And what a feud it is.
First of all, it’s been going on for over forty years, in court and out. And it’s heated up even more, with the firing of company president Arthur T. Demoulas by a board of directors controlled by Arthur S. Demoulas.
Yes, you read that right: Arthur T. and Arthur S., at war. What a difference a consonant makes.
Read the article if you want to learn what the feud is about. It’s not exactly a strike—stores are open, but many distributors aren’t delivering food—it’s a slowdown with the goal of getting Arthur T. reinstated. It’s a very New England-y thing, idiosyncratic and stubborn, just as the Market Basket stores are, with their lack of a website or Facebook page or slick visuals.
Market Baskets are rather grungy. If you don’t live in New England and you went to one, you might wonder what all the fuss was about. Their first claim to fame is that they’re much cheaper than the competition, and not just a few items, but nearly everything, and not just a little cheaper, but significantly so. They may not look as big and well-stocked as many markets, but they’ve got everything, including all the organic grass-fed meats you could want in a store that has neither Whole Foods’ selection nor its crazy prices, and more Italian bakery goods than you can shake a stick at (the ricotta squares are as good as those of bakeries in Brooklyn). They’ve got the best tabouli at almost half the price of everywhere else, and the same for their stuffed grape leaves.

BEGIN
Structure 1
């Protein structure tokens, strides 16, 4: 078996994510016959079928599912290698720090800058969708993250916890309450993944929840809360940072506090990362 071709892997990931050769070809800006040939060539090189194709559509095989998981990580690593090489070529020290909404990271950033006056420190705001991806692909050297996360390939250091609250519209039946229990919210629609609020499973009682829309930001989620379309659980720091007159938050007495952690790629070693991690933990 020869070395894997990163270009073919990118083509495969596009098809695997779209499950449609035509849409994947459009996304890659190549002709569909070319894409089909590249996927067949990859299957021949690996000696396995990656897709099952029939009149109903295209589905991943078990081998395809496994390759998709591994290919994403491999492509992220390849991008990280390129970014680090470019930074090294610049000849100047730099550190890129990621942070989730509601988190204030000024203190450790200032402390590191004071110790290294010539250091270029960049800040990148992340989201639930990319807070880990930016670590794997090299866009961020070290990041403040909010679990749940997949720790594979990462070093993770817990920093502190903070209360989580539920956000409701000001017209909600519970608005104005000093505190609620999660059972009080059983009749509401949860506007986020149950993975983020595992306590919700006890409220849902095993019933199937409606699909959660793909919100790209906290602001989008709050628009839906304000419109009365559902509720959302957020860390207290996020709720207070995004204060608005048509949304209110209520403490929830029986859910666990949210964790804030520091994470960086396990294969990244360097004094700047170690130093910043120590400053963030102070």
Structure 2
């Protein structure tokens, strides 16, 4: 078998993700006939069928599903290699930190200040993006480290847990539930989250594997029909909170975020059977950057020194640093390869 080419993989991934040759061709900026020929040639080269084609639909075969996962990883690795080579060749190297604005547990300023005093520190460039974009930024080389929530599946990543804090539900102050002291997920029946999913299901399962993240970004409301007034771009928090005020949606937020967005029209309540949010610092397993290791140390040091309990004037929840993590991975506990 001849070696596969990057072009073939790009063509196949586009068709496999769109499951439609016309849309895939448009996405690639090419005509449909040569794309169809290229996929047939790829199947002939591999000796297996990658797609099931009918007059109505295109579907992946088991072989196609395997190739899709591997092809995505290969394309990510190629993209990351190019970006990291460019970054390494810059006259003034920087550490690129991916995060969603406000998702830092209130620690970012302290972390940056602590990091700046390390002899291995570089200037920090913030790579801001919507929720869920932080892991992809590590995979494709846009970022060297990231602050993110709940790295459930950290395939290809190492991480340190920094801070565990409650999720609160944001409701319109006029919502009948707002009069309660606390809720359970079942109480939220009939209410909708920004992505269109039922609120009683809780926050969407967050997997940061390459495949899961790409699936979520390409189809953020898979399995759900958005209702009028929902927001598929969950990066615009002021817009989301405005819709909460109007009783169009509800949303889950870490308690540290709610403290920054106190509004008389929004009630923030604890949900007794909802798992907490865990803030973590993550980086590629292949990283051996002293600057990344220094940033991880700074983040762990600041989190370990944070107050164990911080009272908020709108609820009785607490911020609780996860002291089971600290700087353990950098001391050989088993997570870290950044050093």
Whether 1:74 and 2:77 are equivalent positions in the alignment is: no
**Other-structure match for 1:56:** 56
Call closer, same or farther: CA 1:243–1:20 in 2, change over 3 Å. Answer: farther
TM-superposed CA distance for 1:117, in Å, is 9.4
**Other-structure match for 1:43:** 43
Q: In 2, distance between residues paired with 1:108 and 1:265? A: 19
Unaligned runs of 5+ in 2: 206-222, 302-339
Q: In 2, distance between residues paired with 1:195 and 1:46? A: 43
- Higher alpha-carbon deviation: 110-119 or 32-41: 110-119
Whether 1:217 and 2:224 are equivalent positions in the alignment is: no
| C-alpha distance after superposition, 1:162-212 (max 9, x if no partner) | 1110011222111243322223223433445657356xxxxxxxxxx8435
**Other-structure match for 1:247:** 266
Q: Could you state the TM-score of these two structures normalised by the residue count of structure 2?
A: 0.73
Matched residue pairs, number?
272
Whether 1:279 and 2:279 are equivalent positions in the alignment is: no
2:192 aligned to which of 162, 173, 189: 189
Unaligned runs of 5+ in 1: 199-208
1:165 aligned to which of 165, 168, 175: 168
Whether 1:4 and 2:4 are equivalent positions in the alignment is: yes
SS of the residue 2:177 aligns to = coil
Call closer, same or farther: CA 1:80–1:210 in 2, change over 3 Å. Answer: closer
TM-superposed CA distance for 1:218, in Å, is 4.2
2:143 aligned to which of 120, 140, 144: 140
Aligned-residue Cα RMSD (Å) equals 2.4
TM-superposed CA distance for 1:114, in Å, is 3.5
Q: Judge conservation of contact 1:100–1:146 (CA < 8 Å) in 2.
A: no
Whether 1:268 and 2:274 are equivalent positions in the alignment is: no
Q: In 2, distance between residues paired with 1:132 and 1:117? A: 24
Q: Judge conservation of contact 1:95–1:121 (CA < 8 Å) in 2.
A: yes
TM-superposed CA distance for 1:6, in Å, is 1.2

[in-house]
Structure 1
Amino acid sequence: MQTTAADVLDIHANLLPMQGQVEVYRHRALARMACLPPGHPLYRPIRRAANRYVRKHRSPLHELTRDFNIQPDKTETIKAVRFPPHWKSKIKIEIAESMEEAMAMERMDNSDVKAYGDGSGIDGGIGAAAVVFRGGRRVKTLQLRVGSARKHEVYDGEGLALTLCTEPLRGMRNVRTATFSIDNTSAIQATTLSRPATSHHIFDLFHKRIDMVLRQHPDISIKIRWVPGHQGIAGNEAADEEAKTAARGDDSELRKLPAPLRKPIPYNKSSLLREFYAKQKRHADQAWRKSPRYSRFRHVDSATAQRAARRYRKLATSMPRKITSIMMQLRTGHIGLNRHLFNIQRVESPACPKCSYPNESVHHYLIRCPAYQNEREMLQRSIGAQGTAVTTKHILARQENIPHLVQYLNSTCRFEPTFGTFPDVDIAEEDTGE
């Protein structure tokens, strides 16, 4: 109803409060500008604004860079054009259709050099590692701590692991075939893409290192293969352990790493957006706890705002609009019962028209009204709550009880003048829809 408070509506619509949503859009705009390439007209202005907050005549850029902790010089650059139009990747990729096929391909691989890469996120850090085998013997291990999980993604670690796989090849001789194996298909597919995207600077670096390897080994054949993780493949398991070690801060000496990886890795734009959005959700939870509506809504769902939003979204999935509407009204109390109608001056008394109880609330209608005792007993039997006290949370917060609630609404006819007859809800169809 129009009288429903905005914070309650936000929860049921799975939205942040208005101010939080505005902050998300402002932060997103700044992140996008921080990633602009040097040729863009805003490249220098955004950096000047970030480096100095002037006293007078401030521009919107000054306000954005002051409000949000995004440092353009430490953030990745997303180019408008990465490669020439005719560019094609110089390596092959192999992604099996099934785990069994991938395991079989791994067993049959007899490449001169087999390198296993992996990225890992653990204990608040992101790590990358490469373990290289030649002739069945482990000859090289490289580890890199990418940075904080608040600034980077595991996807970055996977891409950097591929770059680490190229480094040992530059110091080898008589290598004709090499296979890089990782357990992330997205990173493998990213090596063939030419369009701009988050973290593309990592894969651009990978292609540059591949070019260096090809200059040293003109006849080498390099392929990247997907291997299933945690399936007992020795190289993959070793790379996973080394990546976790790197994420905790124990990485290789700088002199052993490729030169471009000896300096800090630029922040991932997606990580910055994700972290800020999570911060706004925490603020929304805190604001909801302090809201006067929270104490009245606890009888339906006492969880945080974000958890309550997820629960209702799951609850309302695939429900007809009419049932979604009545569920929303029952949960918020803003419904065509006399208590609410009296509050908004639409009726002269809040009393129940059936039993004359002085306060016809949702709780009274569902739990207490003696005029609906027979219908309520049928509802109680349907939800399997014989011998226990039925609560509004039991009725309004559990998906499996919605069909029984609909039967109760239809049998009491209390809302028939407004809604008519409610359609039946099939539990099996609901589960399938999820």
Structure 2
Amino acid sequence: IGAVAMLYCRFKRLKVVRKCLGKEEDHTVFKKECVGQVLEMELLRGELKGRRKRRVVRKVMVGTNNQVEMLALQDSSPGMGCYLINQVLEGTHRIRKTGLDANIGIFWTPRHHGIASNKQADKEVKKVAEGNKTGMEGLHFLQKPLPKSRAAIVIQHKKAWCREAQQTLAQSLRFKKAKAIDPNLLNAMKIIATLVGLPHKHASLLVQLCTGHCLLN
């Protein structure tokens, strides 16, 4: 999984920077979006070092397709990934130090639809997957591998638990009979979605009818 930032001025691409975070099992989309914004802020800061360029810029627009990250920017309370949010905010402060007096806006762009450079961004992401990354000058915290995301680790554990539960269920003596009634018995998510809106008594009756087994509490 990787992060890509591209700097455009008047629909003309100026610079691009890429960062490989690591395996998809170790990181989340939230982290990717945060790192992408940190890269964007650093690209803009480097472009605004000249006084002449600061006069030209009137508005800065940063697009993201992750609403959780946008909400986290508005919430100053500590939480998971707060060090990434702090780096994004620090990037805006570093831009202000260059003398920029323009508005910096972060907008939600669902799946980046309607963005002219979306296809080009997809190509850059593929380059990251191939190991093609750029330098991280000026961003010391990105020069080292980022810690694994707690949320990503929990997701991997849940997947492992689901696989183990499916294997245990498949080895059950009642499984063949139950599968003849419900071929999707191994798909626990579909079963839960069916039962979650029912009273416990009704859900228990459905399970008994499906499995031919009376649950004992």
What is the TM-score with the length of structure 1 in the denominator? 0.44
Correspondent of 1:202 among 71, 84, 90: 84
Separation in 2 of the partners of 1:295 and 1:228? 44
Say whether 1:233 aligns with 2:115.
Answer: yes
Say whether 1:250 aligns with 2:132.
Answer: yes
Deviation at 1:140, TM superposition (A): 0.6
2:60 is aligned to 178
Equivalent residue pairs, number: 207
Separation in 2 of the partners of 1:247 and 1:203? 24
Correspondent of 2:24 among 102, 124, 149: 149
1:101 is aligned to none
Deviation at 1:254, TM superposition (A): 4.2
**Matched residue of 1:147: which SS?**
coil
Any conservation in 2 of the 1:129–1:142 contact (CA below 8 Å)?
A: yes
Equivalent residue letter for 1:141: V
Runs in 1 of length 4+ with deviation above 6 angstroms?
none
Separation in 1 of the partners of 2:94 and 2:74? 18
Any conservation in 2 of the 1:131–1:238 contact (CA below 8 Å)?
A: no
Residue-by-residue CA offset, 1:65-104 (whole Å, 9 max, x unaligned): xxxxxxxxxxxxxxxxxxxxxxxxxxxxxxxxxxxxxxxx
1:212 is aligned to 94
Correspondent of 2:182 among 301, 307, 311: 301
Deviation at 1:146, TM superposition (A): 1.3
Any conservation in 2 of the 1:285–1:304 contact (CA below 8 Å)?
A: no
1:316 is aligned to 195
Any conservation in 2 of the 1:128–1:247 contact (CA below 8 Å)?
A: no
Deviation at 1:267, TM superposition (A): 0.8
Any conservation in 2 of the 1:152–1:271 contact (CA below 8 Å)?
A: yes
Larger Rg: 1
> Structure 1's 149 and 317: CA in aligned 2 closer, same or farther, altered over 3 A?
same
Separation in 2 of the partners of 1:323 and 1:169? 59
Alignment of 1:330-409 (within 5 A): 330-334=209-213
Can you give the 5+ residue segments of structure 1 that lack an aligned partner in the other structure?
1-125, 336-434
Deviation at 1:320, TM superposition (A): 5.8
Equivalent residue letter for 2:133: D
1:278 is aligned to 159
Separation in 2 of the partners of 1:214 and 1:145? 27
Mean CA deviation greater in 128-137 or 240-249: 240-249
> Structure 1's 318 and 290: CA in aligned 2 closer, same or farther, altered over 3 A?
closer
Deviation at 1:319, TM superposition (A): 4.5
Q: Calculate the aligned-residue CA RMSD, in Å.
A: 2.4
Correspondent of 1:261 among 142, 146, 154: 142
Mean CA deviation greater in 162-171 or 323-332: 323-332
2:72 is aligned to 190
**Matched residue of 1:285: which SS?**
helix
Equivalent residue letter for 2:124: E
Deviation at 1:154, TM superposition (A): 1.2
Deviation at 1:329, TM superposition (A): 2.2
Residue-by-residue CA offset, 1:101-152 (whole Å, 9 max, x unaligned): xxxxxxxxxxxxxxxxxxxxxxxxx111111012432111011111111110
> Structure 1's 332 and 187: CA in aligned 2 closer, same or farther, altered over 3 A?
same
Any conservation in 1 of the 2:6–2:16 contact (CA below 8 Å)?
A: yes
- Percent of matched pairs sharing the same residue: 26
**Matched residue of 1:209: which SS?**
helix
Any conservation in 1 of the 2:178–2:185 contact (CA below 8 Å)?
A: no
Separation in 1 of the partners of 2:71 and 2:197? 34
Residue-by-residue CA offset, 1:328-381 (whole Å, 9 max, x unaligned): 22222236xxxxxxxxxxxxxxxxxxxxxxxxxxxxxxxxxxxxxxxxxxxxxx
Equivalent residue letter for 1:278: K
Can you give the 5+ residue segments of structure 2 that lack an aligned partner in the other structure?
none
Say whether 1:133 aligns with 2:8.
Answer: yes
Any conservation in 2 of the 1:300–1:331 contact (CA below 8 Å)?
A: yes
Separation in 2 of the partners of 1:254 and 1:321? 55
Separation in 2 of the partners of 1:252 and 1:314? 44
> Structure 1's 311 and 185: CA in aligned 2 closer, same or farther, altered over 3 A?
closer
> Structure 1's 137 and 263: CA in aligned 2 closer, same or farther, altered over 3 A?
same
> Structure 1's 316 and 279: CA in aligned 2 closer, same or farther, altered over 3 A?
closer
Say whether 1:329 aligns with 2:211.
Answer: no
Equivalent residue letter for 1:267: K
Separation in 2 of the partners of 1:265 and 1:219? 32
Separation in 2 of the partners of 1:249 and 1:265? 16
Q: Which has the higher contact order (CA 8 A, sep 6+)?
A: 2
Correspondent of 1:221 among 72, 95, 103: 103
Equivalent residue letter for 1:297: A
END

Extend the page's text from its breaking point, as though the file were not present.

The only real drawback is that Market Baskets are not open as late as most supermarkets. But they’re open plenty late, certainly much later than the 5 PM grocery store closings of my youth. If Market Basket goes the way of the dodo or the way of slick Shaws, I will be very very sad.